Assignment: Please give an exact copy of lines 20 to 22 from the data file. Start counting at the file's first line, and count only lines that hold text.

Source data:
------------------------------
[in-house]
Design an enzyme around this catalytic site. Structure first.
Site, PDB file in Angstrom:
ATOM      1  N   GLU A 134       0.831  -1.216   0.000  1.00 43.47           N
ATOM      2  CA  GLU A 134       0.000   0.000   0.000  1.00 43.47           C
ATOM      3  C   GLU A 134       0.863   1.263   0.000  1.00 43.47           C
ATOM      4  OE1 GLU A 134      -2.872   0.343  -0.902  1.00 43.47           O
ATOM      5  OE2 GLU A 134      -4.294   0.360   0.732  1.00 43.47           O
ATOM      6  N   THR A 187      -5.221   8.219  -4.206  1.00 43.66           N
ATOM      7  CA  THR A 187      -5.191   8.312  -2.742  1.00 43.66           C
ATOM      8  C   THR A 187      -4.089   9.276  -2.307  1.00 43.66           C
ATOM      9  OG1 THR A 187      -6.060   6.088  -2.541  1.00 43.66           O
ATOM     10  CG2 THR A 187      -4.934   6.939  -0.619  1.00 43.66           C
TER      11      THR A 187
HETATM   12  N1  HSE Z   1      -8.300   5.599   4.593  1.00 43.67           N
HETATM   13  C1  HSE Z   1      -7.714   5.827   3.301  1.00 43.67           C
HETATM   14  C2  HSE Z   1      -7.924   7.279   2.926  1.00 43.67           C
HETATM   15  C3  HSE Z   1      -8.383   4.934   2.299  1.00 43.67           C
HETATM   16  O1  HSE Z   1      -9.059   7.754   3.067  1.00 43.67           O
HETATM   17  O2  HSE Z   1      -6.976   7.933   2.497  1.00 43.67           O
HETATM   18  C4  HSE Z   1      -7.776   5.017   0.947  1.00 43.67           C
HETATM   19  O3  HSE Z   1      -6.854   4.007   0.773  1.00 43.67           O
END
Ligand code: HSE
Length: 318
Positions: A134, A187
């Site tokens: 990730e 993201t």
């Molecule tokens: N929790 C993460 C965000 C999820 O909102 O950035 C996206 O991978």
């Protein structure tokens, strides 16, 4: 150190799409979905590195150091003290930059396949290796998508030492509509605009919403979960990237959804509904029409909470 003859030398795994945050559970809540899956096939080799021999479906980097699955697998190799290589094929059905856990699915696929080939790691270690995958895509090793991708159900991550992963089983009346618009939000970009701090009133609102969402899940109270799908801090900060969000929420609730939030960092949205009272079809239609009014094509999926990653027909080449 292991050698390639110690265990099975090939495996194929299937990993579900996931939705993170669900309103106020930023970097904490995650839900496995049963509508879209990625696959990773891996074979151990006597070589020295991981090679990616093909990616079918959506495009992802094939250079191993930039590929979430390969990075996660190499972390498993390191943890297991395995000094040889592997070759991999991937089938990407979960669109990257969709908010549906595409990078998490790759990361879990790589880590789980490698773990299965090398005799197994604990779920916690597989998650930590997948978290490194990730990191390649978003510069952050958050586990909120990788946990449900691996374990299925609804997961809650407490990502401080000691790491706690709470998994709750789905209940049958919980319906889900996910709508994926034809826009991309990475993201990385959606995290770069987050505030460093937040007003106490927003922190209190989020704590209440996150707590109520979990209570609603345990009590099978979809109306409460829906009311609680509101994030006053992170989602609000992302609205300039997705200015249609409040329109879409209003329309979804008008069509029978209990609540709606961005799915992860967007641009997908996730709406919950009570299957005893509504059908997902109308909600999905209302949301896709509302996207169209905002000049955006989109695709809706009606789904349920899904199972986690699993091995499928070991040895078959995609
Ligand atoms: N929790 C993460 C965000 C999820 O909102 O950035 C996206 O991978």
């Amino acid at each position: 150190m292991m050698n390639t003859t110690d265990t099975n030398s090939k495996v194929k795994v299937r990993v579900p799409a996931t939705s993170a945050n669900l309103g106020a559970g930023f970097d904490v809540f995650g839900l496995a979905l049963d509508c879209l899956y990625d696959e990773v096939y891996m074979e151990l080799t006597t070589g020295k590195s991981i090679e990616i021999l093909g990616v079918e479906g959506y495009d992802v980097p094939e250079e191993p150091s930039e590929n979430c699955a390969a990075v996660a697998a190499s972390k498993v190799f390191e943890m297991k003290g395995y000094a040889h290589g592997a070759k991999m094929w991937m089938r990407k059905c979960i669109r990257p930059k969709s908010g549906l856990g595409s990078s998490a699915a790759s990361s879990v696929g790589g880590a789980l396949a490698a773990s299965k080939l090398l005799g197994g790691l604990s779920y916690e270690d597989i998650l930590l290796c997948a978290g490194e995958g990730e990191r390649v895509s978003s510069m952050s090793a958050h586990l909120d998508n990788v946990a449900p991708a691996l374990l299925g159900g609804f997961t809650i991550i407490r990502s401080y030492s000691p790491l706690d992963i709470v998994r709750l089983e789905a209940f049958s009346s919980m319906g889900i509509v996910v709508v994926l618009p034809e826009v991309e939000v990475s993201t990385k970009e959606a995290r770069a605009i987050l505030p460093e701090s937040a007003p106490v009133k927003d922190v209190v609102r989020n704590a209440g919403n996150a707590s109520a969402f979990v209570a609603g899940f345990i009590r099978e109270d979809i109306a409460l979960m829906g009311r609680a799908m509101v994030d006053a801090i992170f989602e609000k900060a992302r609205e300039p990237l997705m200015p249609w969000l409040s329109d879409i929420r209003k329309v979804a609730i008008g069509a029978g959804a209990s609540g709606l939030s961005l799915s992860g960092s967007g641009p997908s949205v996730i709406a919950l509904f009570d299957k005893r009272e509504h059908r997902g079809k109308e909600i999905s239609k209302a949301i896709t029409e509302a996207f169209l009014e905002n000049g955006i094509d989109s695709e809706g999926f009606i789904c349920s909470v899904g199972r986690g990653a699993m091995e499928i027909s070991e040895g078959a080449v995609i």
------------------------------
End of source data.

HETATM   17  O2  HSE Z   1      -6.976   7.933   2.497  1.00 43.67           O
HETATM   18  C4  HSE Z   1      -7.776   5.017   0.947  1.00 43.67           C
HETATM   19  O3  HSE Z   1      -6.854   4.007   0.773  1.00 43.67           O